• These changes will make it easier for FSIs in Korea to use cloud computing services.  FSIs around the world are benefiting from cloud computing services.  The services offer many benefits to FSIs, including security, agility, reliability, scalability and (not to forget) potential cost savings. Korean FSIs should and now will be able to benefit in the same way as FSIs in other countries.
  • These changes will help domestic FSIs in Korea to compete more evenly with international FSIs. Before now, international FSIs could transfer data to their other locations around the world for processing.  Domestic FSIs were unable to enjoy the benefits of offshore service providers.  Now all FSIs can transfer data offshore, to other branches (for international FSIs) and to IT service providers, including CSPs.
  • These changes should make it easier in the future for other cloud customers in Korea (not just FSIs) to use cloud computing services. The FSI sector is generally recognized as a heavy user of IT services and this activity is heavily regulated.  Potential cloud customers in other sectors may look towards the FSI sector for a lead.  The more the FSI sector opens up to the use of cloud, the more other sectors are likely to follow.
  • These changes may influence other regulators in the region to take similar approaches. Regulators talk, and they watch one another.  There has been plenty of discussion about increased rules on data sovereignty.   In these discussions it is helpful to be able to point to regulators, like the FSC in Korea, that allow international transfers of data.  The focus should not be on the location of the data, but always on whether or not the data is adequately protected.  The more markets that follow this lead, the better.
  • The changes will increase and improve competition in the Korean CSP market.  International CSPs will be able to compete to provide services to FSI cloud customers in Korea, where they were previously unable to.  CSPs who were reluctant to enter into the Korean market, may now be persuaded to do so.  We believe that increased competition is healthy for customers and between competitors.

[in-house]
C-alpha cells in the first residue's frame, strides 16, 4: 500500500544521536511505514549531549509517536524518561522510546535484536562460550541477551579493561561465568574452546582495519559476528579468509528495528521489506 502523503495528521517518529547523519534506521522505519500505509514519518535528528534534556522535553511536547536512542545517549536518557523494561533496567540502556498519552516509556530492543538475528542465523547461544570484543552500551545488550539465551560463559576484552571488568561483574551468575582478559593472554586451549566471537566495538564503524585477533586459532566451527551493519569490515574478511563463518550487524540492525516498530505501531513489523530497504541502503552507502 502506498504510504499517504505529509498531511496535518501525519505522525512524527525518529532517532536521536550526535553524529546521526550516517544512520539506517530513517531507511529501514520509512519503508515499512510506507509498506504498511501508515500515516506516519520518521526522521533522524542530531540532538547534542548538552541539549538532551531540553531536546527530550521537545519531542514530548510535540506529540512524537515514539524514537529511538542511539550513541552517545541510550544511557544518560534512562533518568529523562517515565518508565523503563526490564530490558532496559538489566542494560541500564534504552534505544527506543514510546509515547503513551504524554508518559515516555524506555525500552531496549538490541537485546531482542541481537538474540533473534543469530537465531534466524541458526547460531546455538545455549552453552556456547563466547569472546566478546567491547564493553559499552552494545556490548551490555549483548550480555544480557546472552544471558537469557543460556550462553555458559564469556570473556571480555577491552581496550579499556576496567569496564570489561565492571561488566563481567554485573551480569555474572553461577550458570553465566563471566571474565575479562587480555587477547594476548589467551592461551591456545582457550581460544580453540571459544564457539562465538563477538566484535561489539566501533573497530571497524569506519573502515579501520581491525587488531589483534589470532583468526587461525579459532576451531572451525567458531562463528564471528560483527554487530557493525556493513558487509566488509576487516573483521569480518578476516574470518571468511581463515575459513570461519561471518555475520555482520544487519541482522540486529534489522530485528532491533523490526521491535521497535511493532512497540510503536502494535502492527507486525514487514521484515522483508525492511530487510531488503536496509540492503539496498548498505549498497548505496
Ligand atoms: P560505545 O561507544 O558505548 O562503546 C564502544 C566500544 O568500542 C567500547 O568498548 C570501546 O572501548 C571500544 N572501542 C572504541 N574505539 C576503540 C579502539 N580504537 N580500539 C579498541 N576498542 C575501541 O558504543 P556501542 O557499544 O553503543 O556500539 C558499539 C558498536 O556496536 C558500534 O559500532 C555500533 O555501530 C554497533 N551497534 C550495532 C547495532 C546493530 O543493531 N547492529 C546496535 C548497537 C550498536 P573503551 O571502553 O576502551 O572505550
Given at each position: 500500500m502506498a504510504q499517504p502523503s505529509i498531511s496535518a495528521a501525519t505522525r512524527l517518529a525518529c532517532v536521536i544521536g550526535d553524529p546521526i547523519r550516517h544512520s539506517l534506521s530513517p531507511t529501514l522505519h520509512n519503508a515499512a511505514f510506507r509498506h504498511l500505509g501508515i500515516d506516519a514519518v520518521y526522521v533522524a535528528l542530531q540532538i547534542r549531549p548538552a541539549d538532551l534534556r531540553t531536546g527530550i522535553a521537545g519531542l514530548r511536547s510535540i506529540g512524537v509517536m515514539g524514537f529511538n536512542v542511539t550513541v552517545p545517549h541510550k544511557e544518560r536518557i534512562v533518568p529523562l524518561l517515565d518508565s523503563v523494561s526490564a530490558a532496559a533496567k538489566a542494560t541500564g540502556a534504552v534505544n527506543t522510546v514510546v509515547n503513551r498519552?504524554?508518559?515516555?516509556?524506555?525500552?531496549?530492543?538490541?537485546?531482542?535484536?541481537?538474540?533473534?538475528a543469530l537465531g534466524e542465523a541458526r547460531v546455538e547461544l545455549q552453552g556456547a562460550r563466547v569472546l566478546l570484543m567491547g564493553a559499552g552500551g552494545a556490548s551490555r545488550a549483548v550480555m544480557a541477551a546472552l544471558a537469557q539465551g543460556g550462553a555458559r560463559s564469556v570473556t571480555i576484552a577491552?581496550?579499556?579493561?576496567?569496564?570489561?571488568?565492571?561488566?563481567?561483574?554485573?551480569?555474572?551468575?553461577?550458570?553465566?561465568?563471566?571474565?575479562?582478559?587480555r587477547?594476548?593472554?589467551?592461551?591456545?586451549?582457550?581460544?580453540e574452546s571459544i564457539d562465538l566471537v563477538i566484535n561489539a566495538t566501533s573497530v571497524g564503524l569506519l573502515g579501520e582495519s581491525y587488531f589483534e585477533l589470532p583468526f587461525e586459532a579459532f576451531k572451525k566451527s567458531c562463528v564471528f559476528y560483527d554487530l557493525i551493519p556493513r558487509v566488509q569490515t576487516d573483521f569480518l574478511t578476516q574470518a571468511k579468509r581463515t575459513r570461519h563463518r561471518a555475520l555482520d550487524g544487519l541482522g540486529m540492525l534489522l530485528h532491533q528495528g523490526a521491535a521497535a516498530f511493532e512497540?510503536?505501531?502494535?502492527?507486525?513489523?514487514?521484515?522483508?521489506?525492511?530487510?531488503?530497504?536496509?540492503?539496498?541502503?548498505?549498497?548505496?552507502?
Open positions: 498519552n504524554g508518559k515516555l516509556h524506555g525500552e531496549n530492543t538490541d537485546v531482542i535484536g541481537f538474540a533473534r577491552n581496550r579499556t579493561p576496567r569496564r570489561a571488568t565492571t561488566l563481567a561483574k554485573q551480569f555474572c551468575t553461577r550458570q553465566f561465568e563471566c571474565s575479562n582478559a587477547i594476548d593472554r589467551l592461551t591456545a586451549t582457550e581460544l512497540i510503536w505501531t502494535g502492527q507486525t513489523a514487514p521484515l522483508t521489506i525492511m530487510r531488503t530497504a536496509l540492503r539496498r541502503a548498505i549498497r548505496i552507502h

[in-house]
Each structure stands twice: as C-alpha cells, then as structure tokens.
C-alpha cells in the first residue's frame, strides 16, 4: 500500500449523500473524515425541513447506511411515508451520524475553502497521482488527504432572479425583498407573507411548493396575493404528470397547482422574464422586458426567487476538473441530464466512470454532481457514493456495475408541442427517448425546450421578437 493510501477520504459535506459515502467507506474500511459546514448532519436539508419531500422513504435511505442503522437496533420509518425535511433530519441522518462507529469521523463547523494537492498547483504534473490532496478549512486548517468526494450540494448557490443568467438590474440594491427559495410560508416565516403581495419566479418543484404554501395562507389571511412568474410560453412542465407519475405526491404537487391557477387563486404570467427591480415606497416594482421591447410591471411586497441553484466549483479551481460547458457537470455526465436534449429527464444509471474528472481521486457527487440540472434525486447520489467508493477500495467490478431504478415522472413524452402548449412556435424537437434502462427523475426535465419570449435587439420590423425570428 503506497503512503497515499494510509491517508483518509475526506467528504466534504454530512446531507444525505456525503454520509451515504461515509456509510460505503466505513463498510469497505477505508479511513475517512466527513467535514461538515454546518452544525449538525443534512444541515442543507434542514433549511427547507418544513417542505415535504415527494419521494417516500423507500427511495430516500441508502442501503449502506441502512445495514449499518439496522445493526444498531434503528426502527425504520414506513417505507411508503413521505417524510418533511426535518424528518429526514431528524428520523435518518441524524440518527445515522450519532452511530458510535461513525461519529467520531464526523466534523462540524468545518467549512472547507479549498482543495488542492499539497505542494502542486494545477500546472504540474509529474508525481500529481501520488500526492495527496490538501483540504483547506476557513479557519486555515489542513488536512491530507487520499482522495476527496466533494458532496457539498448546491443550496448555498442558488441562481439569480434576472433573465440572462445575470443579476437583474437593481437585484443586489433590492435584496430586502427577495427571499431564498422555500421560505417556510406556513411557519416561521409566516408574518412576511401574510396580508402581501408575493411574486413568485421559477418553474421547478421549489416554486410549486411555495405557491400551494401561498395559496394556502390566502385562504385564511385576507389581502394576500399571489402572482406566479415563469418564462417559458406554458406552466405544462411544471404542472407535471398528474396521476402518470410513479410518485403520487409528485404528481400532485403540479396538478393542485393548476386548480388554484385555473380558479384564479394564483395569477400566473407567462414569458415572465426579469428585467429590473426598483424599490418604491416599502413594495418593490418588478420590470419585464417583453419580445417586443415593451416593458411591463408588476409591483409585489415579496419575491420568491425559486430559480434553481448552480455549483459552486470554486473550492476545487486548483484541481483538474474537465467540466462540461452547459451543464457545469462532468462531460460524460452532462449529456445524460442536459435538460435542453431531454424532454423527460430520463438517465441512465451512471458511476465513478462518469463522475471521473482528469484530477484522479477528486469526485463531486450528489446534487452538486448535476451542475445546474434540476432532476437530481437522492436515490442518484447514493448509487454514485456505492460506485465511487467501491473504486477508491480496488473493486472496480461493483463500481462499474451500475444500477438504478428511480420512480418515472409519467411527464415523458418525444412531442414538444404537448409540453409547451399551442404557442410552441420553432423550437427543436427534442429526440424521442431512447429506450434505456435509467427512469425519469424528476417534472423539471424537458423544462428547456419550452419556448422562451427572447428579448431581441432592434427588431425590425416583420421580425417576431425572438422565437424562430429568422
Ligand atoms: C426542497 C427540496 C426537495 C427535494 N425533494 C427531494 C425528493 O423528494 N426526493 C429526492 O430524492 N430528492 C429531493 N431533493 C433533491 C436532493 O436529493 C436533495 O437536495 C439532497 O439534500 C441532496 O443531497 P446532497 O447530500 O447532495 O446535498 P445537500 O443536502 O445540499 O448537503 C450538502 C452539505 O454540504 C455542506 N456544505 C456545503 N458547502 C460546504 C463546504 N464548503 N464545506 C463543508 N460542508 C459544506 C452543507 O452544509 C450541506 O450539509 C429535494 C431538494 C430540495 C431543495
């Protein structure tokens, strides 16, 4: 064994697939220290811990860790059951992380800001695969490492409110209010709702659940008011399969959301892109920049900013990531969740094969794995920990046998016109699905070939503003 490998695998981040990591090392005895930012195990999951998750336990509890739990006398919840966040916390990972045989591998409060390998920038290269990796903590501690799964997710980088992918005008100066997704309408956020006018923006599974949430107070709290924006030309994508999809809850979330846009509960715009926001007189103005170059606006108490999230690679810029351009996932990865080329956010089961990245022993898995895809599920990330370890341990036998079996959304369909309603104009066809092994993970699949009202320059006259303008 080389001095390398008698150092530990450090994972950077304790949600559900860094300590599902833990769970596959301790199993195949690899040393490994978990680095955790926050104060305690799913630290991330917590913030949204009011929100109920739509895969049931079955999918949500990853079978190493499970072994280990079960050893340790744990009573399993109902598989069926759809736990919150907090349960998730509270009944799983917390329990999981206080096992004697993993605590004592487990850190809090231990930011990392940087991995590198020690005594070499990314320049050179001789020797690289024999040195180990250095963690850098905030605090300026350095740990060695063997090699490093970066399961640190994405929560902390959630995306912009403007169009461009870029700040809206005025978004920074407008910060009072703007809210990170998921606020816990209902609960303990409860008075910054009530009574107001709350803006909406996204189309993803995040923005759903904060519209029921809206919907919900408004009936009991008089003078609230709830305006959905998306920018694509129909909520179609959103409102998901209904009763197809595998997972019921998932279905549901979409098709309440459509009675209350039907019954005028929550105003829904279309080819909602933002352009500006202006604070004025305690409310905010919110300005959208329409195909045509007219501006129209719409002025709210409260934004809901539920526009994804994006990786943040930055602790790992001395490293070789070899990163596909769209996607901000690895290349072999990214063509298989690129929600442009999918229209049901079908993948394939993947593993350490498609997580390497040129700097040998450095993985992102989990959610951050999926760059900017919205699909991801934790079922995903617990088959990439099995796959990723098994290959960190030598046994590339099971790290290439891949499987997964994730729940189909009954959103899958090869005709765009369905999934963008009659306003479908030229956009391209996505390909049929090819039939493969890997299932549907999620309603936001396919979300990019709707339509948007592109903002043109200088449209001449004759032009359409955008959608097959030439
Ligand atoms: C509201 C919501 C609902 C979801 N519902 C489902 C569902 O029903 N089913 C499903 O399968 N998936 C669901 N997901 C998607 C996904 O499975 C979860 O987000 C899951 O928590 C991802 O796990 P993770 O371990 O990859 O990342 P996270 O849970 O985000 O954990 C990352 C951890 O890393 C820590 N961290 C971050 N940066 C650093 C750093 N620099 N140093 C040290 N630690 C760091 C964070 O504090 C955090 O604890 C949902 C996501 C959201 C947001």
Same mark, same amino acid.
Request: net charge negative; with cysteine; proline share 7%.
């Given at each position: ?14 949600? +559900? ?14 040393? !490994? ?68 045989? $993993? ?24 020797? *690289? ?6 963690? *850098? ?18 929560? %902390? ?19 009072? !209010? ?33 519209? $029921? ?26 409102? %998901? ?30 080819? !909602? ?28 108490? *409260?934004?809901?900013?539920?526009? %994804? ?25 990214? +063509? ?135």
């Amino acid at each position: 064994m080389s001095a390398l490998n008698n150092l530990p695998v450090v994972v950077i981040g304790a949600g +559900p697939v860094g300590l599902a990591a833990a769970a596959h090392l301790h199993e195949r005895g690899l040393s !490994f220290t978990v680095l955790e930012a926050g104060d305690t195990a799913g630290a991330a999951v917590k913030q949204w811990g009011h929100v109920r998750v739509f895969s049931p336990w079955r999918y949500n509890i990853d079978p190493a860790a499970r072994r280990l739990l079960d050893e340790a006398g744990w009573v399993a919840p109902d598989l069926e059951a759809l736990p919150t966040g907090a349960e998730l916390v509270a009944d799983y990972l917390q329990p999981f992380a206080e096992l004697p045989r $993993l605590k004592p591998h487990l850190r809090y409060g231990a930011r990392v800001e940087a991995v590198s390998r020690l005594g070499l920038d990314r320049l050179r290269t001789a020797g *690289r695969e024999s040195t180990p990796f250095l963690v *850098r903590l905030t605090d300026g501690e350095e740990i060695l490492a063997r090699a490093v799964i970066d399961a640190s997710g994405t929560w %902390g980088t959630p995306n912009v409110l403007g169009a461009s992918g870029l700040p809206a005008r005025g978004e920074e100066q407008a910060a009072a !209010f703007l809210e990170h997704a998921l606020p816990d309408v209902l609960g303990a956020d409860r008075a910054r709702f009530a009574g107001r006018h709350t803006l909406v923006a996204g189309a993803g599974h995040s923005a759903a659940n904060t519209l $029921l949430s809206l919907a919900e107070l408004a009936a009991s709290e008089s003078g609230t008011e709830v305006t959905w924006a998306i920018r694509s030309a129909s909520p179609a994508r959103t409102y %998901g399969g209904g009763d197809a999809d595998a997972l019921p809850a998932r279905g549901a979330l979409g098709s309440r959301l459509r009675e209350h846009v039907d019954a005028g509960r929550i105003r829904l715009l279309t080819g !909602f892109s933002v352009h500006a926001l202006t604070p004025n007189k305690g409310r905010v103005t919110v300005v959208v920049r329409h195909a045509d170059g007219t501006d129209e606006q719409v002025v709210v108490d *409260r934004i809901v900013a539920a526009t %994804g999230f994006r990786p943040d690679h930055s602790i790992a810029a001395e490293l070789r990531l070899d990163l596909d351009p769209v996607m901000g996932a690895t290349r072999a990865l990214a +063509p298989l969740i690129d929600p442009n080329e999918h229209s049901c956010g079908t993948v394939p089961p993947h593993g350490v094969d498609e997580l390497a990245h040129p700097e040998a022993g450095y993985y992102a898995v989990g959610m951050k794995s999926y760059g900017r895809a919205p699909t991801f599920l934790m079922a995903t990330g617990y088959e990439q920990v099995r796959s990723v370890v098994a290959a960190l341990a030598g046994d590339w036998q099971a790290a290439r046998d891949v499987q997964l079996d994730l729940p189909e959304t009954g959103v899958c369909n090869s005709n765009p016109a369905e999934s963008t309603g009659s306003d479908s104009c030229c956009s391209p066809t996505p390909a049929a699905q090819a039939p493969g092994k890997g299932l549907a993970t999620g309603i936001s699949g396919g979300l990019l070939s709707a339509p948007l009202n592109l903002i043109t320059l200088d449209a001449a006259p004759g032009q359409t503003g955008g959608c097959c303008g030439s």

We believe this is a good step forward for the cloud computing market in Korea.  We hope that more regulators will follow suit.  We will keep you posted on further developments.

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3 new data privacy tools from Singapore’s data regulator

Singapore’s Personal Data Protection Commission (PDPC) has been busy. It has just published a number of new resources to help businesses comply with the Personal Data Protection Act. Here are the three we have identified as having the biggest practical application for companies in Singapore.

1. Sample clauses and guidance for marketing consents.

For companies collecting data for marketing purposes, these standard clauses will help. They cover a broad range of scenarios, including consent in the context of membership applications and lucky draws, and language for the withdrawal of consent. The PDPC has also published some guidance to support the sample clauses.

2. Guide to securing data “in electronic medium”.

For organisations which store data in an electronic format (so, pretty much everyone), these guidelines list certain specific IT security measures that can be implemented to enhance security, split into “good practice” and “enhanced practice”.

3. Guide to managing data breaches.

The PDPC has published a step-by-step guide to managing data breach situations, from development of a data breach management plan through to containing the breach, assessing the risk and impact, reporting the incident (including a requirement that the PDPC should be notified of breaches, particularly those involving sensitive data) and preventing future breaches.

Singapore’s business-friendly approach

Of course, none of the tools above represent an automatic route to compliance and the required approach will differ from one organisation to the next. Nonetheless, the growing pool of resources from the PDPC covers a broad range of practical measures that organisations should now be implementing. It also underlines the PDPC’s strategy of being a business-friendly data protection regulator, in line with Singapore’s mission of becoming the world’s first smart city and the data processing hub for South-East Asia.

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Korea leads the world with cloud law encouraging cloud use

On 3rd March 2015, Korea passed the world’s first cloud-specific law, with the stated aim of driving the adoption of cloud computing in Korea. But what are the practical implications for cloud customers and cloud services providers in Korea?

Data centre (wikicommons)


This guest post is written by Daniel Jung and @matthew1hunter.

When does the Korean Cloud Act come into force?

On 3 March 2015, the Korean National Assembly passed the Act on the Development of Cloud Computing and Protection of Users (Korean Cloud Act).  The bill has been under consideration since October 2013.  The final version of the Korean Cloud Act is available here (currently only available in Korean).

The Korean Cloud Act comes into force on 28th September 2015.  Before the Korean Cloud Act comes into force, the Ministry of Science, ICT and Future Planning (Ministry) will establish additional rules for cloud services (as explained below).

What will the Korean Cloud Act do?

The good news for cloud customers and cloud services providers alike is that the Cloud Act aims to promote the cloud market in Korea.

The Korean government sees cloud computing market as a vital industry for future IT development and intends to build a solid foundation to raise Korea’s global competitiveness in the industry.

The Korean Cloud Act aims to do this by:

  1. boosting investment and support in the cloud market, in particular by the government;